Time for an Internet sales tax

Published 9:53 pm Friday, June 30, 2017

By John Carr

Many online retailers are able to avoid collecting sales tax for most states.

That’s great news for shoppers; everyone loves a tax break. But tax breaks should be consistent and not full of exceptions you could drive a thousand delivery trucks through.

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According to the U.S. Small Business Association, most states simply do not require online retailers to collect taxes when they do not have employees or a physical presence in the state where the purchaser lives. Local retailers selling the same products must collect taxes without fail. They have an unfair disadvantage.

Online sales are growing almost three times as fast as brick-and-mortar store sales and should exceed $400 billion in 2017, according to quarterly sales reported by the U.S. Census Bureau. Most estimates suggest that $25 billion in potential sales tax will not be collected.

Local businesses not only collect sales tax, but also pay for local licensing, real estate taxes and various fees and services, along with the comparatively high rent. Without prosperous local businesses, most city budgets would quickly be strained, if not put into cost-cutting crises.

Besides direct payments, local businesses offer indirect benefits, including a couple that may affect your wallet in a way that is far greater than the tax-free deal you get on your next online purchase.

First, local businesses provide employment, and lots of it, almost 16 million U.S. jobs in May 2017, according to the Bureau of Labor Statistics. About 2.5 million of those jobs were management or supervisory. Most are starter jobs and part-time positions.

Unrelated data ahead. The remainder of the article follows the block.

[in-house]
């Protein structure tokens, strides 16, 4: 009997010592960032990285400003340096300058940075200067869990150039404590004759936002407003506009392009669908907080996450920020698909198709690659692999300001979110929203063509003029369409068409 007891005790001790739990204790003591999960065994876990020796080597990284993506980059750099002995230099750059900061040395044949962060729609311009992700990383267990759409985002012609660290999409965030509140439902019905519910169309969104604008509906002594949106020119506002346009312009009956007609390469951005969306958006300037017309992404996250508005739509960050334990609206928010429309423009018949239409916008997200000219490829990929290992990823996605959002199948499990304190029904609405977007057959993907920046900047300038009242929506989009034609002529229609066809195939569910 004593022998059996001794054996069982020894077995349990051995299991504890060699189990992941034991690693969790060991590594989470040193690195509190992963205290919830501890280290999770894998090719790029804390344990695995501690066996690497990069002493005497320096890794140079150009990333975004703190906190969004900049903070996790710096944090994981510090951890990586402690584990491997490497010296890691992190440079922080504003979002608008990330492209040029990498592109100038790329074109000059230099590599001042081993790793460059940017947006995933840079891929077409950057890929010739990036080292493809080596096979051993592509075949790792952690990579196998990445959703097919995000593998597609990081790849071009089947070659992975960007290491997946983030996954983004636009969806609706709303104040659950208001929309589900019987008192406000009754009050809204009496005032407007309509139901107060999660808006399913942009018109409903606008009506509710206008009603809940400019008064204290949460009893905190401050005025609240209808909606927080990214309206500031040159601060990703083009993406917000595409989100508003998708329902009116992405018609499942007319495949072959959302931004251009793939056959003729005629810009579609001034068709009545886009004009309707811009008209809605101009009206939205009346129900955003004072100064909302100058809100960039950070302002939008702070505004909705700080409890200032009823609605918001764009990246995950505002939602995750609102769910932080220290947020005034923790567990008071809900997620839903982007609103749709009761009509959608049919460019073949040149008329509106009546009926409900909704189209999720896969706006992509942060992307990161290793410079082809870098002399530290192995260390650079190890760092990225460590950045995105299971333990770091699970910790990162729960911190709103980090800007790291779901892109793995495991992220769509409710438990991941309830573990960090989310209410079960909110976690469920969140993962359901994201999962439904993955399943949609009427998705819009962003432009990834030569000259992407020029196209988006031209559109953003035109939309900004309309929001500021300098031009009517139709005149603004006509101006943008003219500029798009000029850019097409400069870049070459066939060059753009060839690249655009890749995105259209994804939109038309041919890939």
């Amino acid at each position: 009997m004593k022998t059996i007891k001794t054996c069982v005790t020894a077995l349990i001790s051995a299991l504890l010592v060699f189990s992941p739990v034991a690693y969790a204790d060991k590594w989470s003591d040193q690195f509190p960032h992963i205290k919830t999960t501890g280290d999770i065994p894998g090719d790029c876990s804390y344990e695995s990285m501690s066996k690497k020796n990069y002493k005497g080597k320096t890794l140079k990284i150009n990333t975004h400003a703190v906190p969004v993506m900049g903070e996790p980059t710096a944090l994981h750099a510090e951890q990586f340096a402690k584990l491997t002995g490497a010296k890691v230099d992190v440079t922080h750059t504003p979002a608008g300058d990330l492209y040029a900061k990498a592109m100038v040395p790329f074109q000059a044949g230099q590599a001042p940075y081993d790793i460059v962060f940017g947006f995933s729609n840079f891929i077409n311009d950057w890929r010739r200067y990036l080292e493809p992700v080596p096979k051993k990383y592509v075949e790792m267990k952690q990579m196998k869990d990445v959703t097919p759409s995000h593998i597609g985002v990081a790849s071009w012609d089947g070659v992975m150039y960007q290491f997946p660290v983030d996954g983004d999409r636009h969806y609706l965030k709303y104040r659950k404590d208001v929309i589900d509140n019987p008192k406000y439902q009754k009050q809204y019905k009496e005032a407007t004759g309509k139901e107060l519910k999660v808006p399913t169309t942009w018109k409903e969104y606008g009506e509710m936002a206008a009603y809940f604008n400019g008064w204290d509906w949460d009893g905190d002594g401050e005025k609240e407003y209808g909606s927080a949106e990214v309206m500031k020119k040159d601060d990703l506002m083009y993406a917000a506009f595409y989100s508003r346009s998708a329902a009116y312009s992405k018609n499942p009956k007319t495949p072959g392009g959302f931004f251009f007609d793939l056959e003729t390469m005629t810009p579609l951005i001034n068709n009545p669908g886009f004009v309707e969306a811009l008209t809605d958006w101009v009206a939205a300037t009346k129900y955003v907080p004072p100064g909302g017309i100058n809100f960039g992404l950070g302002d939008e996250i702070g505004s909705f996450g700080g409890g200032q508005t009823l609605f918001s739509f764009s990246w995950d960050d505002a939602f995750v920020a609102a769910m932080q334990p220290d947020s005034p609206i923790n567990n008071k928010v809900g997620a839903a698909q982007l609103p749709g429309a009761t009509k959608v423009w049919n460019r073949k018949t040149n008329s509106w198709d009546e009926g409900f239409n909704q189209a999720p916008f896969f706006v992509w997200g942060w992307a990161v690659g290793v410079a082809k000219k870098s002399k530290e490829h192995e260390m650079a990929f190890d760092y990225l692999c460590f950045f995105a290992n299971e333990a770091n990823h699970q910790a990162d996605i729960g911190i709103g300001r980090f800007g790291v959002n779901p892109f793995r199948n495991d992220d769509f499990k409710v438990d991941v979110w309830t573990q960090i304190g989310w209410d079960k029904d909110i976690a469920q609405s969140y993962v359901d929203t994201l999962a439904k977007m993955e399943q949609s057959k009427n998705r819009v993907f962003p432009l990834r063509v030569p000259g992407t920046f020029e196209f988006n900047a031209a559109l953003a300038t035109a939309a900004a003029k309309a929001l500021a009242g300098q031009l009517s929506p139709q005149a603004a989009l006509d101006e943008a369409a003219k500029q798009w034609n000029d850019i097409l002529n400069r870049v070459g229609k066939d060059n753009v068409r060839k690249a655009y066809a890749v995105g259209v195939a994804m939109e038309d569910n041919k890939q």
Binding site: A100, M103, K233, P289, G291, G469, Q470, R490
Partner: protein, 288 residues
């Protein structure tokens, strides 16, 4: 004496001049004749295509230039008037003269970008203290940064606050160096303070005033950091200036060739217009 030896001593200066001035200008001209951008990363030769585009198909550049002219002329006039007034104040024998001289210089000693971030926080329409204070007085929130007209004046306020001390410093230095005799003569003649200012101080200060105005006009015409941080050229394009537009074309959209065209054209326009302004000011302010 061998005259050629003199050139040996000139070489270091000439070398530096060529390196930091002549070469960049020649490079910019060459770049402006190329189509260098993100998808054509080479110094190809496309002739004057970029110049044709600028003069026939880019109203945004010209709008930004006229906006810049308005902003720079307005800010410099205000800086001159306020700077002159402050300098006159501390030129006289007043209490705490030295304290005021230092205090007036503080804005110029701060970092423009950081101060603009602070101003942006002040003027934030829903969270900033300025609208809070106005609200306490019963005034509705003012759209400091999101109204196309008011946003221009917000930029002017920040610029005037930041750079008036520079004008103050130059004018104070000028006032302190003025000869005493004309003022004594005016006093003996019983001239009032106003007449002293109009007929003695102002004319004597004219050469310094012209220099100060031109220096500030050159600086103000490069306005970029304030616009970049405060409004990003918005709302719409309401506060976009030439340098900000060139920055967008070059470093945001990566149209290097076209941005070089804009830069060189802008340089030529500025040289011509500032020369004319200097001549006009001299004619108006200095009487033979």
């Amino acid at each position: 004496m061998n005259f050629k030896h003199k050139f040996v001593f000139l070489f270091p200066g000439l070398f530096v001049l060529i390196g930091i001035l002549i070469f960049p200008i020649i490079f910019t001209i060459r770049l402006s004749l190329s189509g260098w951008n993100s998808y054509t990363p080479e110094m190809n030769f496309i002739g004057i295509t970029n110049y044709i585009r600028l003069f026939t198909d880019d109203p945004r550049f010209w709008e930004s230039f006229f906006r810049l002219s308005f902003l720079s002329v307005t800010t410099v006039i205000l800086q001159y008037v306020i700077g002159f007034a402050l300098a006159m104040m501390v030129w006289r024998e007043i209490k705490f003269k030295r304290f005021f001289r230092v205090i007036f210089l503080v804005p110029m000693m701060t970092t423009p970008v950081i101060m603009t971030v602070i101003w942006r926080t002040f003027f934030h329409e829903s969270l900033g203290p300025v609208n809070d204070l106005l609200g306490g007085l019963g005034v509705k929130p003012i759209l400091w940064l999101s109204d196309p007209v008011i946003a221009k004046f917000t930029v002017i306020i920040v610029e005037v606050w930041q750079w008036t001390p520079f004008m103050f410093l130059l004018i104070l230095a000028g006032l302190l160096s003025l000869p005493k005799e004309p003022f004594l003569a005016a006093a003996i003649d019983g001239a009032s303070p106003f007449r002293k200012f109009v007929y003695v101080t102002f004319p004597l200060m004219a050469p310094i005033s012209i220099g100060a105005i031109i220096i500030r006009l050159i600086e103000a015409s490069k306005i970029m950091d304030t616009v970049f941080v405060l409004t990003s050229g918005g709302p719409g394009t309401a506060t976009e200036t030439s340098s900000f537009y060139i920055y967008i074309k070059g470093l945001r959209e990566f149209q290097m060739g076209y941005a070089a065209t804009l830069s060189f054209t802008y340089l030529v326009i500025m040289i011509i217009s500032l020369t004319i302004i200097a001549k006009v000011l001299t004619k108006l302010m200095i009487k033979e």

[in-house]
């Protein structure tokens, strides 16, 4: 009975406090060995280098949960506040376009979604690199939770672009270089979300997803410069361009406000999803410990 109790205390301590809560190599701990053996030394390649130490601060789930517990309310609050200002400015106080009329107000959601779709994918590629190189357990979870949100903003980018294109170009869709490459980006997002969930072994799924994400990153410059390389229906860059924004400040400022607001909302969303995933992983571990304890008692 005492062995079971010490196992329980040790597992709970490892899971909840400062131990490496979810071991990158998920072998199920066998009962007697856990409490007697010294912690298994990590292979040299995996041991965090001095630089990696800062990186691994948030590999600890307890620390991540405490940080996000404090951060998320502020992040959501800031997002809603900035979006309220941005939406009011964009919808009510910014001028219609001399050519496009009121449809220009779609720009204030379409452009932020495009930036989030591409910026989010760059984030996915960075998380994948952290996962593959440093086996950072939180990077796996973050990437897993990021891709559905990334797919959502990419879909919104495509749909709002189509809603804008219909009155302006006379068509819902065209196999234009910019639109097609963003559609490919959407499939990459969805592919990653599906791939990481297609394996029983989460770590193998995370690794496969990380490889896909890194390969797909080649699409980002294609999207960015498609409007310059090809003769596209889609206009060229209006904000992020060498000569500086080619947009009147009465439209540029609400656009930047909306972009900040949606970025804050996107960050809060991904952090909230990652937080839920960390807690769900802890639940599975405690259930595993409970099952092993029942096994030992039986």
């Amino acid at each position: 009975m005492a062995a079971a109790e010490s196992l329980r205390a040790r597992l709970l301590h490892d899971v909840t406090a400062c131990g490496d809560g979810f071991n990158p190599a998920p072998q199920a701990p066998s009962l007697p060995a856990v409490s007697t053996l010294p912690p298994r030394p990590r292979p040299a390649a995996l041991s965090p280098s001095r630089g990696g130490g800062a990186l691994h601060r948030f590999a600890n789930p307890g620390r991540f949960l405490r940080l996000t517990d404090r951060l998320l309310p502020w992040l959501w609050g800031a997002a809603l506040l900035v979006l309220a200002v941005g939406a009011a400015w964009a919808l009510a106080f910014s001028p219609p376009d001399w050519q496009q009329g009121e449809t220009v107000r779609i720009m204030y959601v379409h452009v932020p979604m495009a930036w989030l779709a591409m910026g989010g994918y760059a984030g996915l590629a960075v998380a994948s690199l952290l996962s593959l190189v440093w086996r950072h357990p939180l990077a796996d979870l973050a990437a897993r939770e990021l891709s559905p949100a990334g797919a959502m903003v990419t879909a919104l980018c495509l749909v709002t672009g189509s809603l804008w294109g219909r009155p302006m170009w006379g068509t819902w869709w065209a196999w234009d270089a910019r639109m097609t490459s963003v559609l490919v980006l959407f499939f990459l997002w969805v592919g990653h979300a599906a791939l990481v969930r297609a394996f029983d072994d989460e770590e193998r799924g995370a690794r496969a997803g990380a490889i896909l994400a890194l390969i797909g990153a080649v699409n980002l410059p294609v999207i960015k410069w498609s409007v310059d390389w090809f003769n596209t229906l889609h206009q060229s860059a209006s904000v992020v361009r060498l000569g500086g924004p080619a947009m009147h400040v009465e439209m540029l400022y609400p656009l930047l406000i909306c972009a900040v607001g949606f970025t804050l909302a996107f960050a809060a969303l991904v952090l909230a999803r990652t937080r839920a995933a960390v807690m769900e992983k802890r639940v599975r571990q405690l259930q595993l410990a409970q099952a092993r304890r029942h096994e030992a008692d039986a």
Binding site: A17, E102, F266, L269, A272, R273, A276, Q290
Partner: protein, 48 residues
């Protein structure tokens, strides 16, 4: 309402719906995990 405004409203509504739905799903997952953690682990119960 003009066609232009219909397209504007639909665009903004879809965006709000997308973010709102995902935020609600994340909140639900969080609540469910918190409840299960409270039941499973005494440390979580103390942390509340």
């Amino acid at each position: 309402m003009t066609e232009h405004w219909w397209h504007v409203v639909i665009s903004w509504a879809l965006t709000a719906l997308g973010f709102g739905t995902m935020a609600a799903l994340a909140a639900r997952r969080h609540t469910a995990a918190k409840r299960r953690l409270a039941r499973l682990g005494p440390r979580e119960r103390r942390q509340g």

Millions of workers help their families, pay for school and gain experience needed to further their careers or start their own businesses in just such positions.

Local business success also affects your home’s value. The curb appeal of a vibrant business area helps the whole community grow in value.

There is a simple solution. The prevailing sales tax wherever the purchaser lives should be collected by online retailers and sent back to the state. If residents of that state decide the tax is too high, they should elect officials to address them. Either way, any businesses in direct competition and selling identical products should collect identical taxes.

Then there is the question of how our state’s share of the $25 billion in taxes might be used. Perhaps there could be a grant system to reinvest it in projects to improve the downtowns where those local businesses often struggle. That would nicely bring things full circle.

The smallest percentages accumulate to make the most massive changes. You may hate paying tax when shopping online, but you may love a downtown that benefits from just a slightly less tilted playing field.

John Carr is the publisher of the Suffolk News-Herald. Email him at john.carr@suffolknewsherald.com.